Sea-Intelligence has published a report to gauge the impact that congestion and vessel delays have had on the global deployed liner capacity, showing that 12.5% of the global capacity is currently unavailable.
In particular, at the previous height in February this year, 11.3% of global capacity was absorbed by delays, dropping to 8.8% in April, but escalating once more in the following months.
During August, 12.5% of the global capacity was unavailable due to delays, which means that a full 3.1 million TEU of nominal vessel capacity was occupied due to delays, according to the report of Sea-Intelligence, the maritime data analyst and provider.
To put this into perspective, the insolvency of Hanjin in 2016, which was the world’s 8th largest carrier at that time, removed only 3.5% of the global capacity for only a short time, until the vessels came fully back into circulation with new owners or charterers. The current situation is therefore akin to a scenario of 3½ Hanjins all going bankrupt at the same time – with no immediate outlook for the vessels getting back at sea.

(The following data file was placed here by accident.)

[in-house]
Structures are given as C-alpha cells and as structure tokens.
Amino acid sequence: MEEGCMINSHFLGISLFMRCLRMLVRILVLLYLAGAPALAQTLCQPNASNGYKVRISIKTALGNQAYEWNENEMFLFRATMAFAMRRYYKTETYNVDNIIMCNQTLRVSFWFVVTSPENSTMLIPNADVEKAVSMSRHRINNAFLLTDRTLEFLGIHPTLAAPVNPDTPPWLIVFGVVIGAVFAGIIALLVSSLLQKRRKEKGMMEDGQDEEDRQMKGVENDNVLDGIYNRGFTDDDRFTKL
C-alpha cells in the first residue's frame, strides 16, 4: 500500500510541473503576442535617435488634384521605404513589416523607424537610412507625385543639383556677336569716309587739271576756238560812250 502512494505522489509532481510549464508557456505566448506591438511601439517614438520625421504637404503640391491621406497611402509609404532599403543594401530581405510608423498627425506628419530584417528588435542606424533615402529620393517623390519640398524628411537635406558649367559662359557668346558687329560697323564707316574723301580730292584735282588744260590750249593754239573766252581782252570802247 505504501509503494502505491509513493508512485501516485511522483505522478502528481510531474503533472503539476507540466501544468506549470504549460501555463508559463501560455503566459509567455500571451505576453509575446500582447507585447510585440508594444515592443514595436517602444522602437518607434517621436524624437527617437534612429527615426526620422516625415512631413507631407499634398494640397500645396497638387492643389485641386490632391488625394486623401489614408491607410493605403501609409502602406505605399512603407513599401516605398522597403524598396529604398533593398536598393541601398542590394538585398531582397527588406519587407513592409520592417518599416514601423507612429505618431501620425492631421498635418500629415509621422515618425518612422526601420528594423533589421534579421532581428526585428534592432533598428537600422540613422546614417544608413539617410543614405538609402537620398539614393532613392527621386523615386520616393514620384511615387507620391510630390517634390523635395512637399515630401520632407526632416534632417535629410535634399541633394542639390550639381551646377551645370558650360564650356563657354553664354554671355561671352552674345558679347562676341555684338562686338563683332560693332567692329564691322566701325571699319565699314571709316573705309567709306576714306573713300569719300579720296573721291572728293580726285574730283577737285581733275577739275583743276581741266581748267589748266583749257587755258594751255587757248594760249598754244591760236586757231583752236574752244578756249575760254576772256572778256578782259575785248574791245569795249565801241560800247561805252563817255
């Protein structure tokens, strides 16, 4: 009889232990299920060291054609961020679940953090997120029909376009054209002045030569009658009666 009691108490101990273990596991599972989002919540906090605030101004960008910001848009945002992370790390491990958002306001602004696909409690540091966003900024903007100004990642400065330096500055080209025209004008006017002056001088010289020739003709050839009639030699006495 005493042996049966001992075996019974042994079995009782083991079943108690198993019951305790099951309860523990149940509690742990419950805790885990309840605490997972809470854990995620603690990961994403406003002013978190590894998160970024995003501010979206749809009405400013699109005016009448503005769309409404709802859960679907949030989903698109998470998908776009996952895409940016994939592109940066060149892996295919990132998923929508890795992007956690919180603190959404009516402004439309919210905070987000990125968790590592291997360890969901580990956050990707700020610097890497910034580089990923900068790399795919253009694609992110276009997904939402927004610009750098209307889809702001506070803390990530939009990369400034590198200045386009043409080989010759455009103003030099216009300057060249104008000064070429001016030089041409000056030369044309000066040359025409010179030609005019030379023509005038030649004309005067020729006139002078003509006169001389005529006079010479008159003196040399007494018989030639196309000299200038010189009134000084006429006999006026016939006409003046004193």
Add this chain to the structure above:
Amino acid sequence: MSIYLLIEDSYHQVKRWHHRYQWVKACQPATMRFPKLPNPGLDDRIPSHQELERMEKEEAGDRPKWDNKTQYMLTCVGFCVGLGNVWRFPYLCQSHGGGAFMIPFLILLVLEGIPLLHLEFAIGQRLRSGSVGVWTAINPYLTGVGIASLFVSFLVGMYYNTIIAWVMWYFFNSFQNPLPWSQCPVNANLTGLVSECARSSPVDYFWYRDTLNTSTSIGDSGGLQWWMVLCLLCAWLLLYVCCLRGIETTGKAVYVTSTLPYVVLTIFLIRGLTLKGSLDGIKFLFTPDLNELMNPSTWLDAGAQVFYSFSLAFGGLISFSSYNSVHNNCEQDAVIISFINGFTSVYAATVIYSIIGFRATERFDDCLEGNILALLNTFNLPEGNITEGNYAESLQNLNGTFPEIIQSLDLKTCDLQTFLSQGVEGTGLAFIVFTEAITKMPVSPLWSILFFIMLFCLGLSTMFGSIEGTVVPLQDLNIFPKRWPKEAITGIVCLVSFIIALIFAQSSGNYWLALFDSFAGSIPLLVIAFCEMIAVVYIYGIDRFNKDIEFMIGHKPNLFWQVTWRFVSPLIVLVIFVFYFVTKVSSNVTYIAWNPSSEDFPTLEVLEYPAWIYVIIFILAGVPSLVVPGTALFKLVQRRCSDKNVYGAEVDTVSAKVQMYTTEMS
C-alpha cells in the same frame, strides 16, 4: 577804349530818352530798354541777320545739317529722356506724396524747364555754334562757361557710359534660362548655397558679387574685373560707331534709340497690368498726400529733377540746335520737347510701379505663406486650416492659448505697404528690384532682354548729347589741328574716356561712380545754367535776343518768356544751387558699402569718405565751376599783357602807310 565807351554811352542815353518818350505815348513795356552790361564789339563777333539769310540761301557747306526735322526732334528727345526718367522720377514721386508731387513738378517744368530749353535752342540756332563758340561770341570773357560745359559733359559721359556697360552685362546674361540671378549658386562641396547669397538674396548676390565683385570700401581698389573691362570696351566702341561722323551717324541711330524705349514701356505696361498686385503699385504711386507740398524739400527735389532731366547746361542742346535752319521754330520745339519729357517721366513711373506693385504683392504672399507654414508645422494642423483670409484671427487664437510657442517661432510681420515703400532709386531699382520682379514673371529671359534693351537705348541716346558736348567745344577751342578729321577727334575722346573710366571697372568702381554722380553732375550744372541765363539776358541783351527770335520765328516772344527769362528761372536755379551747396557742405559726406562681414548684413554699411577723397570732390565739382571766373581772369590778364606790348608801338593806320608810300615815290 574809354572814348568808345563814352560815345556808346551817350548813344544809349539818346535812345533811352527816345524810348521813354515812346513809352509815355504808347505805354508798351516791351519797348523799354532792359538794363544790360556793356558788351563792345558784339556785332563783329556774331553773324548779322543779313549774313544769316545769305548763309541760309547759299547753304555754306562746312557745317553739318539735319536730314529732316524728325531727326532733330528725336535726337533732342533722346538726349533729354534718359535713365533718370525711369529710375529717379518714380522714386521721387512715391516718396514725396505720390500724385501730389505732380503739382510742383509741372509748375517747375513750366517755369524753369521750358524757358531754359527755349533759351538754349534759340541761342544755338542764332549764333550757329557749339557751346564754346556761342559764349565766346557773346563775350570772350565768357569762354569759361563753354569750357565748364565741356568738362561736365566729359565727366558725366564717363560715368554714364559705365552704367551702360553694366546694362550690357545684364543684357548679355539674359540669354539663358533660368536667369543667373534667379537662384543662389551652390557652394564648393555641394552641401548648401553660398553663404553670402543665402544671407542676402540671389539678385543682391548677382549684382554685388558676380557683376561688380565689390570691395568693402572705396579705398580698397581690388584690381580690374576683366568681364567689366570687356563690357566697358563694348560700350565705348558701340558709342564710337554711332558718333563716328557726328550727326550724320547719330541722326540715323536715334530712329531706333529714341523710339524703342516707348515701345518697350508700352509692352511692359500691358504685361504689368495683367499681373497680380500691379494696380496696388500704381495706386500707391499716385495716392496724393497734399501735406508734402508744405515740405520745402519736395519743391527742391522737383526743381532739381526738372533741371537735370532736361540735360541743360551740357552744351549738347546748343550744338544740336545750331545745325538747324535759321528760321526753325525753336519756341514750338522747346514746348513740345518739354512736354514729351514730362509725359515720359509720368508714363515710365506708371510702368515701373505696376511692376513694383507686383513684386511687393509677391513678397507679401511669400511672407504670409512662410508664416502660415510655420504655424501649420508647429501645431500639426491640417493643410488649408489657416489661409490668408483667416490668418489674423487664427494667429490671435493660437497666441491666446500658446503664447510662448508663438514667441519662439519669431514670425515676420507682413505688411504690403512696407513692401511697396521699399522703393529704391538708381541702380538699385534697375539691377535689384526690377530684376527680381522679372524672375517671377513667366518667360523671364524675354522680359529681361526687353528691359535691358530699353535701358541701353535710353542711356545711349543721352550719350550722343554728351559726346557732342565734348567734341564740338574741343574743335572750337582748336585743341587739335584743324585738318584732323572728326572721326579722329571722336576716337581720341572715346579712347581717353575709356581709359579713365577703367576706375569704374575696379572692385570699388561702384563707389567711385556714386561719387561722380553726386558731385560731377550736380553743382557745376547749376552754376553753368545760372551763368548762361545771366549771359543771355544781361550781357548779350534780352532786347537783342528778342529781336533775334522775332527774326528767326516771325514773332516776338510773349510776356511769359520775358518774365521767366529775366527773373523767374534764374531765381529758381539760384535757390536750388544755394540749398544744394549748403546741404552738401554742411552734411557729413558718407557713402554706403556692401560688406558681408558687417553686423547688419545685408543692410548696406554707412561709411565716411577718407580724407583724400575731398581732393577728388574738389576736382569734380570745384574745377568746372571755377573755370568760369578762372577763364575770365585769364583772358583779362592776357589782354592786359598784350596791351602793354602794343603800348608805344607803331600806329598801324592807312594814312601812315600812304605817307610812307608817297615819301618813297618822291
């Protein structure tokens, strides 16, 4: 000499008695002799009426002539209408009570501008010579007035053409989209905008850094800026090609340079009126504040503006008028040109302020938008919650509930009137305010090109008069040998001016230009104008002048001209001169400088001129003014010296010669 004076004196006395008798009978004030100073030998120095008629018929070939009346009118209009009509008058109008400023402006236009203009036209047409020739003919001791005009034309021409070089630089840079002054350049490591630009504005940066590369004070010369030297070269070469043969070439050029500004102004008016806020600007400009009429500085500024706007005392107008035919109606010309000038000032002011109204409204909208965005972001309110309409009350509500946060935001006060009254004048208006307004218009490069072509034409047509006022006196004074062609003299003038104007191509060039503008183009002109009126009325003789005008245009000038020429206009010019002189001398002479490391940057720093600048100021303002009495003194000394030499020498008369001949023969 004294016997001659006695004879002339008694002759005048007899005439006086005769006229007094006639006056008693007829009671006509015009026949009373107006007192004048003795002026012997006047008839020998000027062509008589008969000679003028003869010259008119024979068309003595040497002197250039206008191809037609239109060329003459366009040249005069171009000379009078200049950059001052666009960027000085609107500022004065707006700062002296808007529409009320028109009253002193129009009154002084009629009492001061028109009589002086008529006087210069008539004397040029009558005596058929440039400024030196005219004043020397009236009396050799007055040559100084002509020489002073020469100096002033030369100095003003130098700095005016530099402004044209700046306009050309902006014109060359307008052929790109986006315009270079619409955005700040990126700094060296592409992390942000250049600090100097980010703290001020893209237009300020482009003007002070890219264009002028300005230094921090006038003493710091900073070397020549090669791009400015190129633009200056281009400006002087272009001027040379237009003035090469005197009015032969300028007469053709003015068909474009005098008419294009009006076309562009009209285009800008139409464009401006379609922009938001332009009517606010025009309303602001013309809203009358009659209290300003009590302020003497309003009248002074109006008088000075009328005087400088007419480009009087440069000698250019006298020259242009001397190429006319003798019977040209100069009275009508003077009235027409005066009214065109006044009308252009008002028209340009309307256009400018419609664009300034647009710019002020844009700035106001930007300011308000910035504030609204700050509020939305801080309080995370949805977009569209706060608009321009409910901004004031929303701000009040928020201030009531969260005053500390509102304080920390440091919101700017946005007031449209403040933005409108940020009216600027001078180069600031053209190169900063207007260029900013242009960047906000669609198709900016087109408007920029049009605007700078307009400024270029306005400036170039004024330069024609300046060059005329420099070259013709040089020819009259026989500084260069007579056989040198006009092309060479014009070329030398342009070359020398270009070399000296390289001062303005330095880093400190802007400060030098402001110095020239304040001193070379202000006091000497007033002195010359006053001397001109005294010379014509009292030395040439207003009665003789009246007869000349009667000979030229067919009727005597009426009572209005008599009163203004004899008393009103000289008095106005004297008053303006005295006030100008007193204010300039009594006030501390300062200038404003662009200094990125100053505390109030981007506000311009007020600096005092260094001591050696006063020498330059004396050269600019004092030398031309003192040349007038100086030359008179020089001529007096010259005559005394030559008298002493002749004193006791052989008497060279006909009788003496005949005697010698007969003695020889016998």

Another comparison is that a 12.5% global capacity removal, is the equivalent of removing a fleet slightly larger than either CMA CGM or COSCO, the 3rd and 4th largest container lines.
Building more vessels will not materially solve the problem right now, due to the fact that the time needed for the delivery after an order is about 2-3 years, and "injecting more vessels would run the risk of compounding the existing bottleneck problems," explained Alan Murphy, the CEO of Sea-Intelligence.
The question is, how long will this take to resolve. Taking into consideration that the United States West Coast labour disruptions in 2015 saw normal operations resume after six months, the congestion could be relieved by April 2022, assuming that the resolution starts now, according to Sea-Intelligence data.
However, it is feared that the time frame for the decongestion might be even longer while, in this case, the problem is global, and not just in the US West Coast, "not to mention the impact of any future port closures and other disruptions might have," noted the Danish researchers.
Therefore, with the current operational challenges, it appears that a realistic timeframe for a reversal to full normality stretches at least to the end of 2022.